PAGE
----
– Explain the Transformer Architecture
– What are word embeddings? Compare Static embeddings with Contextualized embeddings
Positional encoding is a technique used in the Transformer architecture and other sequence-to-sequence models to provide information about the order and position of elements in an input sequence.
The need for Positional Encoding
In many sequence-based tasks, such as natural language processing, the order of elements in the input sequence is crucial for understanding the context and meaning. However, standard embeddings (e.g., word embeddings) don’t inherently contain information about the position of the elements. This is why positional encoding is necessary.
Unlike recurrent neural networks, the Transformer architecture processes all input tokens in parallel. Without positional information, the input tokens are treated as a bag-of-words, thereby making it difficult for the model to understand the sequential nature of the input. Therefore, positional encoding is added to the input embeddings to help the model understand the sequential structure of the data and differentiate between elements in different positions.
Specifically, in the Transformer architecture, positional encoding is added to the input embeddings before feeding the data into the encoder and decoder stacks. This allows the model to understand the sequential relationships between tokens in the input sequence and generate coherent output sequences, such as translations or text generation.
Here’s how positional encoding works:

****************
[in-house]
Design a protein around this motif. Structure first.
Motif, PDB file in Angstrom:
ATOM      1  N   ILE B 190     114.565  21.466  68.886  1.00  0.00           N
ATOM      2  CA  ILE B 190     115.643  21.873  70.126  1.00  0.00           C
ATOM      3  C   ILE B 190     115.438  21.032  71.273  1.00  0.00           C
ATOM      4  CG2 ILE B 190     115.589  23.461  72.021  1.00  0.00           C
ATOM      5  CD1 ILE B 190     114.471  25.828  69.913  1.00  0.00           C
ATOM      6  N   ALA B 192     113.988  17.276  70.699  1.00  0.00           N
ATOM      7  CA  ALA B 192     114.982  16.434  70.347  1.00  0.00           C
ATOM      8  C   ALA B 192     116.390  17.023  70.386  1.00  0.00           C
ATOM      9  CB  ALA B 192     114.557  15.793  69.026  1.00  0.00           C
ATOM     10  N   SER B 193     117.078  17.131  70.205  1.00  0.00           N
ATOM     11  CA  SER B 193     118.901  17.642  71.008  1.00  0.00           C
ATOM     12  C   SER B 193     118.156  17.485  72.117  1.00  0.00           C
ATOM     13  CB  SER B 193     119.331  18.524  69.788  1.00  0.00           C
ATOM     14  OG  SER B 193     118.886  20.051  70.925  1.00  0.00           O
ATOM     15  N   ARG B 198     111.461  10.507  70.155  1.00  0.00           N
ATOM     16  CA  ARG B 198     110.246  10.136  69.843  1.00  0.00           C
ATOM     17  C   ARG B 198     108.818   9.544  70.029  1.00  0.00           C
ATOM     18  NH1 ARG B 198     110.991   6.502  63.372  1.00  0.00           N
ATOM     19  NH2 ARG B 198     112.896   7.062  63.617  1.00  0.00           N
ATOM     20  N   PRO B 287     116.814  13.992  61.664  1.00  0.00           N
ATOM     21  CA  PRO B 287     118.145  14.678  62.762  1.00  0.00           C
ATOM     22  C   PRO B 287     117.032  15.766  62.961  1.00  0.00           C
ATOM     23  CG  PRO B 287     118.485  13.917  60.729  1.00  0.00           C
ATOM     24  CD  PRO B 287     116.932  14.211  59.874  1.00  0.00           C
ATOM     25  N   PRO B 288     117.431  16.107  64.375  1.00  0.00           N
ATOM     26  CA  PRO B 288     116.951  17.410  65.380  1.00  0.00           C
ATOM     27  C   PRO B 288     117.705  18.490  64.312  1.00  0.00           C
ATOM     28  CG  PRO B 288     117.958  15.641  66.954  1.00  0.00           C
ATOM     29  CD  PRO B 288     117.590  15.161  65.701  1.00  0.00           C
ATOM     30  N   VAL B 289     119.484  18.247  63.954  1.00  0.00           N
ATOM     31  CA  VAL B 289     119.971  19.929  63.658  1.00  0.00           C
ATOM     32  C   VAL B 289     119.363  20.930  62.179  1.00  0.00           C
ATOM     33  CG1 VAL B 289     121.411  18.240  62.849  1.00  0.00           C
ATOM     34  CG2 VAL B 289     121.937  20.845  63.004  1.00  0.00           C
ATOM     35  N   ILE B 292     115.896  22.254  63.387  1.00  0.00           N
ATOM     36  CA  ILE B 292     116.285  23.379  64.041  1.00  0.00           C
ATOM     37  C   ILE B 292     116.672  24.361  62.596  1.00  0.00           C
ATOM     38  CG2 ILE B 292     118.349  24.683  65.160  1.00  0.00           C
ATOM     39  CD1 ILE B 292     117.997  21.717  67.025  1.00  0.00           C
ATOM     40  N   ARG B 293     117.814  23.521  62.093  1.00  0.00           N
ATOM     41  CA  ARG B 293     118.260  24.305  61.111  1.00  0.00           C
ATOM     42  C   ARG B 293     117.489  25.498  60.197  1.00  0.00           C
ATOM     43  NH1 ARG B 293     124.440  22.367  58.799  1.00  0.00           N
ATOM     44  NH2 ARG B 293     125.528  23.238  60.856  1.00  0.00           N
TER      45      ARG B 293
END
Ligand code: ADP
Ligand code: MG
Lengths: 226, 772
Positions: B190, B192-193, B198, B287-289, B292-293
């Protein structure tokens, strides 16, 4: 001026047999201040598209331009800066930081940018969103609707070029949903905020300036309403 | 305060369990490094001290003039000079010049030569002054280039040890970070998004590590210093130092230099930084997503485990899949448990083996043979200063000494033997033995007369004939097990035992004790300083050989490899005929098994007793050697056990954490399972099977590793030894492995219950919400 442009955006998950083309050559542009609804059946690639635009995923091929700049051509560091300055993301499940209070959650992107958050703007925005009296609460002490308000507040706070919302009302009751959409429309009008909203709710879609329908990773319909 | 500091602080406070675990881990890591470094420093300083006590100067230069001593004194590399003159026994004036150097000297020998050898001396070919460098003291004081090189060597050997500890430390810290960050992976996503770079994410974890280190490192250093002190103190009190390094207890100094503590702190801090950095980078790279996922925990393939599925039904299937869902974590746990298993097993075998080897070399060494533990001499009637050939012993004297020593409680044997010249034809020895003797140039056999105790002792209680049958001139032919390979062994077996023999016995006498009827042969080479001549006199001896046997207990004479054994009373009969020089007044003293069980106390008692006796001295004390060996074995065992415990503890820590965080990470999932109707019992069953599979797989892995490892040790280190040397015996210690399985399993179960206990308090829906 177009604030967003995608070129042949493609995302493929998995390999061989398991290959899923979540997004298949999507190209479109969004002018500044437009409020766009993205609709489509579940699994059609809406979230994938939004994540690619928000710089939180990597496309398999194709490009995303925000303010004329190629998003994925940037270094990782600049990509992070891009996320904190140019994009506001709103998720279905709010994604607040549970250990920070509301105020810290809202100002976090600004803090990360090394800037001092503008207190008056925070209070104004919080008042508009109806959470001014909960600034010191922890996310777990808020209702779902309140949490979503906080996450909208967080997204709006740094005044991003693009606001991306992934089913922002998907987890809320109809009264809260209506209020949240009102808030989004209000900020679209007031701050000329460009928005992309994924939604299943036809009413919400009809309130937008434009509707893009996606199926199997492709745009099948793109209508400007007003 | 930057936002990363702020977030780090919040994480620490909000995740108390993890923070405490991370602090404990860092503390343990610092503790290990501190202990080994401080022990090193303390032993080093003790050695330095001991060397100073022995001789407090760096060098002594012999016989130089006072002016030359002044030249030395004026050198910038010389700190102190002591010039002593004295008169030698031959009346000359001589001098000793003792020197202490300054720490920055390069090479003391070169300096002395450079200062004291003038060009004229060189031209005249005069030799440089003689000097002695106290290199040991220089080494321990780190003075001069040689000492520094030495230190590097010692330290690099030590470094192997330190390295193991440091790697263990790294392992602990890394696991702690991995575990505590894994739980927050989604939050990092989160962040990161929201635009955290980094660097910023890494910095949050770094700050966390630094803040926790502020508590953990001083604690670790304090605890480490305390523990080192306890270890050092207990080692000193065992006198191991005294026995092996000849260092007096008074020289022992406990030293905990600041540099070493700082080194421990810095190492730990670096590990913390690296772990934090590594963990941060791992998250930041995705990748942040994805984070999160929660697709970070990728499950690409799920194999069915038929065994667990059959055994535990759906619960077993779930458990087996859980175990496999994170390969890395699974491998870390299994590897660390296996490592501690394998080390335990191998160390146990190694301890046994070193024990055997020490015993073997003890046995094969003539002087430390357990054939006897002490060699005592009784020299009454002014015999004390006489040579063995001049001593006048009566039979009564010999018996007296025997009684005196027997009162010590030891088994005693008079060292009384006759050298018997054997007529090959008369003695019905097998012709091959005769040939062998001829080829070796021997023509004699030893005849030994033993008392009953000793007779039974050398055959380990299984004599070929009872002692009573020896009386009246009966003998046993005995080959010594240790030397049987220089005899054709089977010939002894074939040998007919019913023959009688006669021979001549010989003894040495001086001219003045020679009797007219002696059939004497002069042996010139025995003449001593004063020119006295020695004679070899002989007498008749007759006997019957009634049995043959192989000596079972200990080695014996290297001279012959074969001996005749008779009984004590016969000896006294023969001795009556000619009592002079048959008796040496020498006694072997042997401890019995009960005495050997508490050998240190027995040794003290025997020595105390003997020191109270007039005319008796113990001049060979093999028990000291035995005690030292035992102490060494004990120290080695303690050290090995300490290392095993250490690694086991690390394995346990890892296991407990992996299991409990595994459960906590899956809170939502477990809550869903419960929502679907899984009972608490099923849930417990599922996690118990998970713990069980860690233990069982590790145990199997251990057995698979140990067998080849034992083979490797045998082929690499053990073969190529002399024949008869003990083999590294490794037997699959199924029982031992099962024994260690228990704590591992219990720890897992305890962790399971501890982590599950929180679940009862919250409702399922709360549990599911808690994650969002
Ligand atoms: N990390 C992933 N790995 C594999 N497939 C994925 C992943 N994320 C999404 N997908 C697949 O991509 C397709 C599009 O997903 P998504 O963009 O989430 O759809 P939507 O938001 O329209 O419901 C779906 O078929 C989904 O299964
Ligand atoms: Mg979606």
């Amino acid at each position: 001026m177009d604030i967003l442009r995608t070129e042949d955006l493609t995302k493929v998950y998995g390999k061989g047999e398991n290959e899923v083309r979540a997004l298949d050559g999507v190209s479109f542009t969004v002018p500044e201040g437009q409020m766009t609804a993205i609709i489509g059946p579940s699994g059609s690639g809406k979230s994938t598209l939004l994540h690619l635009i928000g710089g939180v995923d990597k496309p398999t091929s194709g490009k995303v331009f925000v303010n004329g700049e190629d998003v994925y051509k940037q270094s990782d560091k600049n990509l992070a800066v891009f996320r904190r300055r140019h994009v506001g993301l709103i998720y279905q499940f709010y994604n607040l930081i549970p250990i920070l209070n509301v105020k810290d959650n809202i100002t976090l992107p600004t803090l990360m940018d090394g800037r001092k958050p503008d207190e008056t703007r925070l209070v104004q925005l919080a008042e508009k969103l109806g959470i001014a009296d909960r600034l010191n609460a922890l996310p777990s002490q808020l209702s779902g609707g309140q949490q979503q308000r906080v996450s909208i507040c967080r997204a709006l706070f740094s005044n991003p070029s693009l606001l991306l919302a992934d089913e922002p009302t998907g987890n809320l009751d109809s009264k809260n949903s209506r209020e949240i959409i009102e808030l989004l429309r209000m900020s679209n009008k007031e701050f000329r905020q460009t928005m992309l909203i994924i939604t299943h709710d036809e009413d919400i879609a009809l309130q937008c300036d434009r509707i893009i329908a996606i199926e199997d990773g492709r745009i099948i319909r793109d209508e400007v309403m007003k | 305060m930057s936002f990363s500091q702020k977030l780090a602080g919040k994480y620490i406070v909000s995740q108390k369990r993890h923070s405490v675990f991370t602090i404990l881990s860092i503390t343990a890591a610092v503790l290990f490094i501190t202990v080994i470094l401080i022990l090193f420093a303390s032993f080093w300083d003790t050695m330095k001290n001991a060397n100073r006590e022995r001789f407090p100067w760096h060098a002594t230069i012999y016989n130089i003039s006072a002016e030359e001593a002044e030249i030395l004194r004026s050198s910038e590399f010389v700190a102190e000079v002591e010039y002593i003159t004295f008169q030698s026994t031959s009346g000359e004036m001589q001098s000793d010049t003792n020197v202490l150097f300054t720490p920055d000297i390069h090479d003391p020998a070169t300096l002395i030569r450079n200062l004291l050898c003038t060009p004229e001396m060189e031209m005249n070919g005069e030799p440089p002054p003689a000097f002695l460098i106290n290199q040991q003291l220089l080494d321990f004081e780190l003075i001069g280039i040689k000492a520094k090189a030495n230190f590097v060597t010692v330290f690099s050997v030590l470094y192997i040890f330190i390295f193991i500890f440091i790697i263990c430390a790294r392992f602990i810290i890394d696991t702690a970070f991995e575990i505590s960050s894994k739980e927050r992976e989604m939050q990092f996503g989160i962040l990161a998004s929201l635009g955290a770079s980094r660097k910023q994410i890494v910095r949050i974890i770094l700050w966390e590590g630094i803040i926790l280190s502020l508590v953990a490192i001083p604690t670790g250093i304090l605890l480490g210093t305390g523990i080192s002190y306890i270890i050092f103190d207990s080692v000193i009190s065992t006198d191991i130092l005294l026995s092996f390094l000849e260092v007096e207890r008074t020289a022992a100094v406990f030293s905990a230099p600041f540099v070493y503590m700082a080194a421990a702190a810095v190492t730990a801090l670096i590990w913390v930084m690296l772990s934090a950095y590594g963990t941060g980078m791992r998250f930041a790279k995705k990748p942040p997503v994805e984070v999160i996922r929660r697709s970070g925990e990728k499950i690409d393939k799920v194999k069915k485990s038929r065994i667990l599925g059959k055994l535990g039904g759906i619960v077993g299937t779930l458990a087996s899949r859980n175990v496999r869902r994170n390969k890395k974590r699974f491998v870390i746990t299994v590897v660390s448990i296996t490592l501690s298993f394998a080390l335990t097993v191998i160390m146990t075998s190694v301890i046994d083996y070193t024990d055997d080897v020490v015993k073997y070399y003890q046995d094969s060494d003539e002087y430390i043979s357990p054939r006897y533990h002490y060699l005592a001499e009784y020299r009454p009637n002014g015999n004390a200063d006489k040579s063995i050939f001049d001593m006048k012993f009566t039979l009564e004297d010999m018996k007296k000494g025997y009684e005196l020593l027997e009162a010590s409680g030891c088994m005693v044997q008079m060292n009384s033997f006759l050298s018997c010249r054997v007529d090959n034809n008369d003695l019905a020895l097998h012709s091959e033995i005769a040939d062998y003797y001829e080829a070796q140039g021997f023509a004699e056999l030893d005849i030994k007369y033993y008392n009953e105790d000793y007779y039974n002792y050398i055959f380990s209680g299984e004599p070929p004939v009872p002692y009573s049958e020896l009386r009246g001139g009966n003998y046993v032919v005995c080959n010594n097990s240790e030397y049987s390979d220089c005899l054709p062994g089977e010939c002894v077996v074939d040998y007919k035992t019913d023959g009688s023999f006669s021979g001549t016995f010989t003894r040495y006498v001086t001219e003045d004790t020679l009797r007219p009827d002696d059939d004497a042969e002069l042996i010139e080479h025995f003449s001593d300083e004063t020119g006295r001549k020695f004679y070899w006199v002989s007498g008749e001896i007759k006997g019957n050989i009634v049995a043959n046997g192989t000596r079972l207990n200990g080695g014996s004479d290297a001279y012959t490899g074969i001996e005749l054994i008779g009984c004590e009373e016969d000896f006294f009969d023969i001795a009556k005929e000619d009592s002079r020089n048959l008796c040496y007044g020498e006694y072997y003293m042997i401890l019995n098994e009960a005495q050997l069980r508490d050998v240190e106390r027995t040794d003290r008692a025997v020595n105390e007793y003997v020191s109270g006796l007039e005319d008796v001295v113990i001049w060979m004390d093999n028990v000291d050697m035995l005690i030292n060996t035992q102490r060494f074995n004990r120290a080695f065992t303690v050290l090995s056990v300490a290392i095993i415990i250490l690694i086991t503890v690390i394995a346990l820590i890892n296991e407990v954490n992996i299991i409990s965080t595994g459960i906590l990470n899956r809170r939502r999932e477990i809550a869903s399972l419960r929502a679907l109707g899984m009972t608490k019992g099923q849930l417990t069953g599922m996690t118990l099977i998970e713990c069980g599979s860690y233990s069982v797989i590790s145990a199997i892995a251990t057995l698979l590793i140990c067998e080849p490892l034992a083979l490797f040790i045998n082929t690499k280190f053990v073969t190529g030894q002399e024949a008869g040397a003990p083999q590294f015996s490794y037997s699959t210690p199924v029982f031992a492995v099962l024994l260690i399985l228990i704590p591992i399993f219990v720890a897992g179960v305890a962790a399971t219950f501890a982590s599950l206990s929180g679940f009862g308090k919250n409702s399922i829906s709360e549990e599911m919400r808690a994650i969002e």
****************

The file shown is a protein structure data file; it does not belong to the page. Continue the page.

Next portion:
The formula for positional encoding is designed to provide a unique encoding for each position in the sequence. The positional encoding vector is then element-wise added to the original input embeddings to generate embeddings that include both semantic as well as positional information. The formula for positional encoding is as follows:
PE(pos, 2i) = sin(pos / 10000^(2i / d_model))
PE(pos, 2i+1) = cos(pos / 10000^(2i / d_model))
pos is the position of the element in the sequence.
i refers to the dimension within the positional encoding vector.
d_model is the dimension of the input embeddings.
The use of
cosine functions with different frequencies ensures that different positions have different representations.
sin terms create a cycle over positions, with a frequency that decreases exponentially. This means that the positional encoding for each dimension captures a different part of the cycle.
cos terms create another cycle with the same properties but with an offset phase.
The choice of
10,000 as the base for the exponential function and the use of both
cosine functions are empirical choices that have been found to work well in practice.
Addition to Embeddings
After calculating the positional encoding vectors using the formula above, they are element-wise added to the input embeddings. This addition combines the positional information with the semantic information contained in the embeddings.
Input_embeddings + Positional_encoding
Visualizing Positional Encoding with a change in input token position
Since, positional encoding is designed to differentiate between different positions of the input tokens, we decided to plot the following figure that shows the value of positional encoding for the first 16 input tokens with 64 dimensional embedding. As the position of input token increases, so does the number of
cosine cycles thereby allowing the model to understand the position and order of tokens.